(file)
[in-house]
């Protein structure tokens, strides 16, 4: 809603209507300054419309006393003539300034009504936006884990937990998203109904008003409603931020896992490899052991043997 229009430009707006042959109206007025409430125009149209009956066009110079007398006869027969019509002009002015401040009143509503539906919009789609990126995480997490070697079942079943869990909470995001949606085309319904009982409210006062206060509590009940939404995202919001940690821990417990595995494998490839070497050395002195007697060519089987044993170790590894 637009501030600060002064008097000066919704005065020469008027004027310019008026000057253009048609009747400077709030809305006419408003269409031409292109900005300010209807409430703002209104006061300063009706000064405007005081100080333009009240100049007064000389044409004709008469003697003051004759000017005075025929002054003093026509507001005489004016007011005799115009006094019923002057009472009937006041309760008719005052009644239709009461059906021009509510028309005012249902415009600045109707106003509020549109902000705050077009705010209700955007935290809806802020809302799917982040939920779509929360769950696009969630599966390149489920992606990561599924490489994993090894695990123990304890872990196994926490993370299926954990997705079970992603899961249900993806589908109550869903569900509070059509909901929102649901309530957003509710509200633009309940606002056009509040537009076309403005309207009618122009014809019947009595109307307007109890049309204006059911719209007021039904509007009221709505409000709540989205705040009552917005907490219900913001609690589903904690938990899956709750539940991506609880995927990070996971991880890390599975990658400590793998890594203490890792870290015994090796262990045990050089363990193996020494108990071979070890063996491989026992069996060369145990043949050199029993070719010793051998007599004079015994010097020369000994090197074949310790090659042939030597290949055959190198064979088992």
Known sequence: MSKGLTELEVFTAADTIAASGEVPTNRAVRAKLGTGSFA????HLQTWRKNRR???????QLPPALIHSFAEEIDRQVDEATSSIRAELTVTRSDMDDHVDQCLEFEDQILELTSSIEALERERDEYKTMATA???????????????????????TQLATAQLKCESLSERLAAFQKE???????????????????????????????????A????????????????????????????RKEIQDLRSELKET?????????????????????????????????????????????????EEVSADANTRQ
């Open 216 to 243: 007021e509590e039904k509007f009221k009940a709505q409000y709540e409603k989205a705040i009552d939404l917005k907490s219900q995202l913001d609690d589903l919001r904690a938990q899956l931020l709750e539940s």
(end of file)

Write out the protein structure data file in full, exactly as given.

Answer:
[in-house]
């Protein structure tokens, strides 16, 4: 809603209507300054419309006393003539300034009504936006884990937990998203109904008003409603931020896992490899052991043997 229009430009707006042959109206007025409430125009149209009956066009110079007398006869027969019509002009002015401040009143509503539906919009789609990126995480997490070697079942079943869990909470995001949606085309319904009982409210006062206060509590009940939404995202919001940690821990417990595995494998490839070497050395002195007697060519089987044993170790590894 637009501030600060002064008097000066919704005065020469008027004027310019008026000057253009048609009747400077709030809305006419408003269409031409292109900005300010209807409430703002209104006061300063009706000064405007005081100080333009009240100049007064000389044409004709008469003697003051004759000017005075025929002054003093026509507001005489004016007011005799115009006094019923002057009472009937006041309760008719005052009644239709009461059906021009509510028309005012249902415009600045109707106003509020549109902000705050077009705010209700955007935290809806802020809302799917982040939920779509929360769950696009969630599966390149489920992606990561599924490489994993090894695990123990304890872990196994926490993370299926954990997705079970992603899961249900993806589908109550869903569900509070059509909901929102649901309530957003509710509200633009309940606002056009509040537009076309403005309207009618122009014809019947009595109307307007109890049309204006059911719209007021039904509007009221709505409000709540989205705040009552917005907490219900913001609690589903904690938990899956709750539940991506609880995927990070996971991880890390599975990658400590793998890594203490890792870290015994090796262990045990050089363990193996020494108990071979070890063996491989026992069996060369145990043949050199029993070719010793051998007599004079015994010097020369000994090197074949310790090659042939030597290949055959190198064979088992």
Known sequence: MSKGLTELEVFTAADTIAASGEVPTNRAVRAKLGTGSFA????HLQTWRKNRR???????QLPPALIHSFAEEIDRQVDEATSSIRAELTVTRSDMDDHVDQCLEFEDQILELTSSIEALERERDEYKTMATA???????????????????????TQLATAQLKCESLSERLAAFQKE???????????????????????????????????A????????????????????????????RKEIQDLRSELKET?????????????????????????????????????????????????EEVSADANTRQ
């Open 216 to 243: 007021e509590e039904k509007f009221k009940a709505q409000y709540e409603k989205a705040i009552d939404l917005k907490s219900q995202l913001d609690d589903l919001r904690a938990q899956l931020l709750e539940s």